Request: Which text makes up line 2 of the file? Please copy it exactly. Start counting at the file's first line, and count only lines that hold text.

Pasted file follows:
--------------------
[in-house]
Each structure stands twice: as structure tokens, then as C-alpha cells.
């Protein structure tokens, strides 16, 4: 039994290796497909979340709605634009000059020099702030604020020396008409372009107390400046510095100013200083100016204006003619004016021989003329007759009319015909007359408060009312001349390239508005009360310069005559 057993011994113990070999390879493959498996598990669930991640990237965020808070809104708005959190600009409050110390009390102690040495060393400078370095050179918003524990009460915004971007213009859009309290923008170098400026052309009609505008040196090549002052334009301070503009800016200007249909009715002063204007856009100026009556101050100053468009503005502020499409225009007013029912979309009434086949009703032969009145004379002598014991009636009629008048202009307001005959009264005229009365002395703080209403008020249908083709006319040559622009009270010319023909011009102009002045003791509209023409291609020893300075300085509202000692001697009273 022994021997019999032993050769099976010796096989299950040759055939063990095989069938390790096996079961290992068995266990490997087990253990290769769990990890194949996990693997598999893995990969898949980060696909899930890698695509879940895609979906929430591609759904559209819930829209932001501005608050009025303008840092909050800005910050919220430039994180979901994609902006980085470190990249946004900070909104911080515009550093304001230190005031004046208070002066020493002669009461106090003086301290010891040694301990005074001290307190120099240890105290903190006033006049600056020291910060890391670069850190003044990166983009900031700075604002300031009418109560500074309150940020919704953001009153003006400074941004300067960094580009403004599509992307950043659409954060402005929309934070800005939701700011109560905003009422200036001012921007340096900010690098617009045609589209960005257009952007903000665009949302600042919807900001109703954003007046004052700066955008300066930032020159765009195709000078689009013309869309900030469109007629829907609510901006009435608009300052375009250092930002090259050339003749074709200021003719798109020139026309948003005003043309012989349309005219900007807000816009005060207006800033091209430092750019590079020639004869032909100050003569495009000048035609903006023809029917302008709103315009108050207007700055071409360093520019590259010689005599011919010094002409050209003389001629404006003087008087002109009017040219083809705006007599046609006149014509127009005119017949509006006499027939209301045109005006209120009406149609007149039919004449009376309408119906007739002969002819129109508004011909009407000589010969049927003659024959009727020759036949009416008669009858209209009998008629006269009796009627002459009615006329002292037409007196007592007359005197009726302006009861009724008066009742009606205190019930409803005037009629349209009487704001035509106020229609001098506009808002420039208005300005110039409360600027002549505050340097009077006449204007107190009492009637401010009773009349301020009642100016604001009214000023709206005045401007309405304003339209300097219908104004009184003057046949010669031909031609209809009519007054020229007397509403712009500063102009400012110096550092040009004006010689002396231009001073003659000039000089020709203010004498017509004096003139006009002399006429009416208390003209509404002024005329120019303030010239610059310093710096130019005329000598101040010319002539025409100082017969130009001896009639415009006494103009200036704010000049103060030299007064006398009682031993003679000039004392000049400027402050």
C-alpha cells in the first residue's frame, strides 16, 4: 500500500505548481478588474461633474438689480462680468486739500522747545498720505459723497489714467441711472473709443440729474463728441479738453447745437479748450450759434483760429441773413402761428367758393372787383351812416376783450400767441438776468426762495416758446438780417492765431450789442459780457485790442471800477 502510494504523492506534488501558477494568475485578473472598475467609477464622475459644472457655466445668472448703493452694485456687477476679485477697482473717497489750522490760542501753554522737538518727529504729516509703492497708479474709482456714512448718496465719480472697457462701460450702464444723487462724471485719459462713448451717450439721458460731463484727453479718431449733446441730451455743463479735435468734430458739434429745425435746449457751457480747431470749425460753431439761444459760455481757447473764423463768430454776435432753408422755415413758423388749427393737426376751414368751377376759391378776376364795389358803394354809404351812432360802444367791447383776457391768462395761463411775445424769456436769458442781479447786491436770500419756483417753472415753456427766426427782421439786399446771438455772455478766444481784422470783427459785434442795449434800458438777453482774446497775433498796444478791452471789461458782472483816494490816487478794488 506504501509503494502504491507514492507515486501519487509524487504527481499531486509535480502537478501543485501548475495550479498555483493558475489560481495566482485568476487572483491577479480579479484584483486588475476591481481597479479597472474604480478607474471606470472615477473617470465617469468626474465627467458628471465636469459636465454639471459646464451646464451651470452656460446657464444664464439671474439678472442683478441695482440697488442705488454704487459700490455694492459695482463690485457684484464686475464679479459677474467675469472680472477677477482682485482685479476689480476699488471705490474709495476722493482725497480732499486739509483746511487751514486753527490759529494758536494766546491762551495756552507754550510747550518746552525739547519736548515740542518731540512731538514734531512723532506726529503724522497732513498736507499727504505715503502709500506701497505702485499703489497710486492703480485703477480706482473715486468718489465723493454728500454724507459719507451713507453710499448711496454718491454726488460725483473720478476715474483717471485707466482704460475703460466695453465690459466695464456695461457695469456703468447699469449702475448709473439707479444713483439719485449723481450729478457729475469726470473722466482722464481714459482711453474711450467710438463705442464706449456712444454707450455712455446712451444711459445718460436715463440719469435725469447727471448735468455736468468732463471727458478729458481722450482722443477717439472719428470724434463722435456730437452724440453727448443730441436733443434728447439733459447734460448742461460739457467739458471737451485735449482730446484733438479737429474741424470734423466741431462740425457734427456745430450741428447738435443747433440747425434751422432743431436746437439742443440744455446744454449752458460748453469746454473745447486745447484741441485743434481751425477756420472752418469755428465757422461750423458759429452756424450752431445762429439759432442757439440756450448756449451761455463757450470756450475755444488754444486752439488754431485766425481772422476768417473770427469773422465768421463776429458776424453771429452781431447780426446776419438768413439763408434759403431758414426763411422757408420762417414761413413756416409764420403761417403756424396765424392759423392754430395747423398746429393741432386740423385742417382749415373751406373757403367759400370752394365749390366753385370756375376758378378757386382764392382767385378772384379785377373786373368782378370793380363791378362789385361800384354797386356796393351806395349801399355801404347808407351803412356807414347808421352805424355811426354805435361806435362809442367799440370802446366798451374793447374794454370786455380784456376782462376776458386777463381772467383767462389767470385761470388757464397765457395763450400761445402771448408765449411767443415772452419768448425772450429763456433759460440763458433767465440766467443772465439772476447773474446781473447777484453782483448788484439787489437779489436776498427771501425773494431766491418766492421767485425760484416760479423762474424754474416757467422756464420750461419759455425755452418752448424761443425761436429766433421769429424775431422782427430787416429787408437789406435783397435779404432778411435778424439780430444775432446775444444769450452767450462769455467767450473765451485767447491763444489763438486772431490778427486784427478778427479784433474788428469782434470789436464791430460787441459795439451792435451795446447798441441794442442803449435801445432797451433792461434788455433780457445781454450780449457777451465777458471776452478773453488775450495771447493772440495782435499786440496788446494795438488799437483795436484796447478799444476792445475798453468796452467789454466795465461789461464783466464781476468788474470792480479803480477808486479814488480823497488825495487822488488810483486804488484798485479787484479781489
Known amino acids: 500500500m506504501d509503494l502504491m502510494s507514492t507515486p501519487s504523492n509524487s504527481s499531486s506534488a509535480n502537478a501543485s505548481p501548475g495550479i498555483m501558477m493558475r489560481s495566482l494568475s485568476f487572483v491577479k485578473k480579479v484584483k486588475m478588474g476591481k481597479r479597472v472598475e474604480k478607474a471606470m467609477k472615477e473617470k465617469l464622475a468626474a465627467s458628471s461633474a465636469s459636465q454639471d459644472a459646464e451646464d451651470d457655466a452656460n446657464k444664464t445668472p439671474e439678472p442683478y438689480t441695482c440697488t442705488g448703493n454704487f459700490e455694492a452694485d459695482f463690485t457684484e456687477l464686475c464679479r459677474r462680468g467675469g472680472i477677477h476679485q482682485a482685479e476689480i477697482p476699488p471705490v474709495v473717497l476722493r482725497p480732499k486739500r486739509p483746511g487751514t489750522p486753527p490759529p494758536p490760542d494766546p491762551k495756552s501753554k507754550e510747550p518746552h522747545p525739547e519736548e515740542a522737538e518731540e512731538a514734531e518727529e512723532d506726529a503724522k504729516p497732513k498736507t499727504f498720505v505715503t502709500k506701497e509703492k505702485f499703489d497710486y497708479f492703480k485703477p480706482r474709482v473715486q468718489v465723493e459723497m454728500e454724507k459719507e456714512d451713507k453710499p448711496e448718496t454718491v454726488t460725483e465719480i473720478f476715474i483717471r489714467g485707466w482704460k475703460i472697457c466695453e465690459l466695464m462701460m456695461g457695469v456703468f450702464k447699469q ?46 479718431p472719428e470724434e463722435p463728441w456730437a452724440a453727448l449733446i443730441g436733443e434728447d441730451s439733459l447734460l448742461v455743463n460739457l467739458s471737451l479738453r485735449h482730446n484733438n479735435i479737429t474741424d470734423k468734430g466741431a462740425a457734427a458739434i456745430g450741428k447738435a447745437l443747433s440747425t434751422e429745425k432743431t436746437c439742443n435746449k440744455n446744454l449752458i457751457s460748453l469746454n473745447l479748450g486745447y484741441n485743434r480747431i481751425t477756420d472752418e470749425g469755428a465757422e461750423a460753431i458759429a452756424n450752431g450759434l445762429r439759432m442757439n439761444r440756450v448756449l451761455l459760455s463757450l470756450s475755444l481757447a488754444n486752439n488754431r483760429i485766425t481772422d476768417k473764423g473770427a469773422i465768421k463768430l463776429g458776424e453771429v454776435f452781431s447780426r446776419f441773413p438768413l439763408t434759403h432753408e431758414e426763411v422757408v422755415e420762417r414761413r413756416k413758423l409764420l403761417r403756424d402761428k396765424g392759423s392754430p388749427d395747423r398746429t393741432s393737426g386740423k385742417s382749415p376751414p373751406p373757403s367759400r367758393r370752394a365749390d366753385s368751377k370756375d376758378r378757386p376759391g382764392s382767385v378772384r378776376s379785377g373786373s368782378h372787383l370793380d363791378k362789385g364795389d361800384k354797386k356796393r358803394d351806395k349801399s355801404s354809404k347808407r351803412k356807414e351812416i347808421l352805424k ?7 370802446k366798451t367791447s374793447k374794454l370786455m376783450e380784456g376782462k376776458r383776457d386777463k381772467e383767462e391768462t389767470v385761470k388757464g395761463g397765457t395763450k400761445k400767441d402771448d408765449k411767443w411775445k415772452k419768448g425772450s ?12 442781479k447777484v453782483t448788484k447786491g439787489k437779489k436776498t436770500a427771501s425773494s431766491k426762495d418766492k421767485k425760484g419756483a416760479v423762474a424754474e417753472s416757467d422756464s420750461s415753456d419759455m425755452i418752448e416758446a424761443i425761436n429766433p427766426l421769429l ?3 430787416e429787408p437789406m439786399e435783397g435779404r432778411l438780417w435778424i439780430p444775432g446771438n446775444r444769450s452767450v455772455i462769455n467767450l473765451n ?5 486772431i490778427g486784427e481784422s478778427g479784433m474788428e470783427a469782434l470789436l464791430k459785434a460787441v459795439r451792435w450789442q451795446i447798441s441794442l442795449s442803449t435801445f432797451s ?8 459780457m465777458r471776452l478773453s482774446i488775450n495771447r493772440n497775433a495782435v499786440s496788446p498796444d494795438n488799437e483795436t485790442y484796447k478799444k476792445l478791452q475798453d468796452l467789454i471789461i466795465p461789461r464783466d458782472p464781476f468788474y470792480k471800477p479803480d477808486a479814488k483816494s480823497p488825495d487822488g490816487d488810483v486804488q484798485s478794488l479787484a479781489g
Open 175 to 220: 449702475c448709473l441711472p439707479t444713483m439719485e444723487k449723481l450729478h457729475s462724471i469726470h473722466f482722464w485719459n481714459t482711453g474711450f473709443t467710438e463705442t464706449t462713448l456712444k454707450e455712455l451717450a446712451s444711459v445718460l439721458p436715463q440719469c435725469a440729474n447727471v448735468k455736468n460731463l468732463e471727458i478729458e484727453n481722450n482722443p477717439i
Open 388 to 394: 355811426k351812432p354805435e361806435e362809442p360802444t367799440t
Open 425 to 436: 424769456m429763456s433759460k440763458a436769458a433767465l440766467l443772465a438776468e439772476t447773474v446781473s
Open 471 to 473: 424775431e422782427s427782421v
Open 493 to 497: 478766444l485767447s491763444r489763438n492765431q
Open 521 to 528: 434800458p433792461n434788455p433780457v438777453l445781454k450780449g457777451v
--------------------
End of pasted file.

Each structure stands twice: as structure tokens, then as C-alpha cells.